The Telegraph
Since 1st March, 1999
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Sonia tilts to minority govt

New Delhi, Oct. 22: A statement from Mehbooba Mufti today virtually sunk the possibility of a coalition between the Congress and the People’s Democratic Party (PDP) in Jammu and Kashmir, forcing Sonia Gandhi to begin the countdown for staking claim to form a “minority government”.

Sonia, who was in favour of seeking more time to work on the PDP, changed her mind after Mehbooba said in Srinagar that the PDP is “ready to sacrifice power and sit in the opposition if our demands are not accepted by the Congress”. Talks between the Congress and the PDP have been deadlocked over who would lead the coalition.

Mehbooba’s afternoon statement was made available to Sonia, who was in Uttar Pradesh during the day, at the fag end of the Congress Working Committee session this evening. The meeting was then extended to assess the situation and most leaders felt that the PDP was no longer a prospective ally.

A final decision has, however, been left to Sonia, who will have another round of meeting with Ghulam Nabi Azad, Ambika Soni and Manmohan Singh tomorrow morning.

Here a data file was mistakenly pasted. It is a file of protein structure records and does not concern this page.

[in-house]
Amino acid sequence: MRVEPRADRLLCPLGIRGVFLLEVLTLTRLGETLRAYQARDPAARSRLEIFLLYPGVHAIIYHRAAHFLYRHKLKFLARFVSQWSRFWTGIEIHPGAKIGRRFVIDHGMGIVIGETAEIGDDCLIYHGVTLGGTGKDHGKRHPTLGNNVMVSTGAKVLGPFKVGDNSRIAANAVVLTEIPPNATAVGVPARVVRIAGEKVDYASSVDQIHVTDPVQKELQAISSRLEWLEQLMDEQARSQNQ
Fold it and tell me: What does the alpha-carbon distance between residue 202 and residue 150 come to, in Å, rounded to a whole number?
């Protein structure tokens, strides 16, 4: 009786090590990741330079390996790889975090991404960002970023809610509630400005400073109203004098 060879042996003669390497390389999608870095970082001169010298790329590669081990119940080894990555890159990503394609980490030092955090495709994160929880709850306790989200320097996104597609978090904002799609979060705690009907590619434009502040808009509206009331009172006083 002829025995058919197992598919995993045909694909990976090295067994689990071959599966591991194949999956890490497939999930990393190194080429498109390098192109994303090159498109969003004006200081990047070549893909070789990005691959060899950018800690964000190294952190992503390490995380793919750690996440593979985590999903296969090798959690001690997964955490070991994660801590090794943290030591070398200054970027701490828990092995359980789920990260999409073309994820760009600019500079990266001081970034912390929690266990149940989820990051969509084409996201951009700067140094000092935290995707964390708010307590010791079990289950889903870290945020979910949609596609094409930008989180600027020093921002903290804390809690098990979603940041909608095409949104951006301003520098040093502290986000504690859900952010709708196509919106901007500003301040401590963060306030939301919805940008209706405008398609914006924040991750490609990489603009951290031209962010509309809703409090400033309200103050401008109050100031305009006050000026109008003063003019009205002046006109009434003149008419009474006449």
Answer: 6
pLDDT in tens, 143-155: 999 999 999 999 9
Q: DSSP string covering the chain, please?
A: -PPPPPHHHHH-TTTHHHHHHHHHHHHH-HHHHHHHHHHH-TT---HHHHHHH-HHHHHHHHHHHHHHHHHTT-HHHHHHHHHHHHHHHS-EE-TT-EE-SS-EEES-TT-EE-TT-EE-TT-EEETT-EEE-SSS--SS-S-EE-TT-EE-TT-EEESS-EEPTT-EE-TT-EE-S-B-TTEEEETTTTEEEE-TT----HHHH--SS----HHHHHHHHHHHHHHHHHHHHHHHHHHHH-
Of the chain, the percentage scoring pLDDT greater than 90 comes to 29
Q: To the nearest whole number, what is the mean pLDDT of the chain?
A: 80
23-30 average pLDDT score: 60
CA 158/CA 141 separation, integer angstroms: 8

But Sonia did not give the green signal to an overenthusiastic Azad to split either the PDP or the National Conference. She feels the party should first focus on securing Governor G.C. Saxena’s invitation to run a “minority government”.

However, Azad, the Congress’ choice for chief minister, and his supporters are confident that the moment the party stakes claim, 42 MLAs would declare their support.

The Azad camp is also pinning hopes on the possibility of winning over a section of the PDP leaders, including a vice-president.

Some CWC members said a split in the National Conference would be a better option. Azad, whose party now has 20 seats, feels that within a month, the number of legislators supporting the Congress would cross 50 in the House of 87.

Sonia sought the views of almost all the members present today but did not air hers. Some Congress leaders attached significance to the circumspection, saying she could still be weighing the pros and cons of forming a Congress government.

However, those in the Azad camp believe that Sonia would ask him to stake claim soon. Their calculations are based on two premises. First, they are confident that the Governor would invite the Congress sooner than later.

The Congress is also reasonably confident that Farooq Abdullah would not be a spoiler and that he might prefer a Congress government to the PDP.

Those favouring a Congress-led government told Sonia that a “national party” was best equipped to resolve the Kashmir dispute.

“The state has been run by a regional party for the last 27 years but the problems have escalated,” a CWC member said.

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